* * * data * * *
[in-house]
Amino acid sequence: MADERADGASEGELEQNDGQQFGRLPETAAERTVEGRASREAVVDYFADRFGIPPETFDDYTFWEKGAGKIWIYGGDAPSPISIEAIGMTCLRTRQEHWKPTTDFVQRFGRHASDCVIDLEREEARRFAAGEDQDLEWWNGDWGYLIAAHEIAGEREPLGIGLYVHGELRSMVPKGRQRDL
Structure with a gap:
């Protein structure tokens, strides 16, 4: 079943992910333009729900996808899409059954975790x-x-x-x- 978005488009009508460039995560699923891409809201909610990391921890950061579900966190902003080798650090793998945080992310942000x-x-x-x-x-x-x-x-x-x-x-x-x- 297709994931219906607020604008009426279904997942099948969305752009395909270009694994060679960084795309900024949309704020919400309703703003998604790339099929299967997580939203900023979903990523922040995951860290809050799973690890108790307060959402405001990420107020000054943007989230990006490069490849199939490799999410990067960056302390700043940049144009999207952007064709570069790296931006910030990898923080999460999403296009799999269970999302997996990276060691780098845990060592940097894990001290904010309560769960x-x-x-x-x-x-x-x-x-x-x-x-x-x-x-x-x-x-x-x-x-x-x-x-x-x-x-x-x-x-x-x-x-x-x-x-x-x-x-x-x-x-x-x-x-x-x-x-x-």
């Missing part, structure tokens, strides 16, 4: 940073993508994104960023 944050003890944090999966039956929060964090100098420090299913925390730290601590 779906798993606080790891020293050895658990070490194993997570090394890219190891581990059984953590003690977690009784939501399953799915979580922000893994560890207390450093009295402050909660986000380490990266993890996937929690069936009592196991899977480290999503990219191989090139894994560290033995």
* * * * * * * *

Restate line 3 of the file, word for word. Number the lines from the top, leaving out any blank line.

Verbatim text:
Structure with a gap: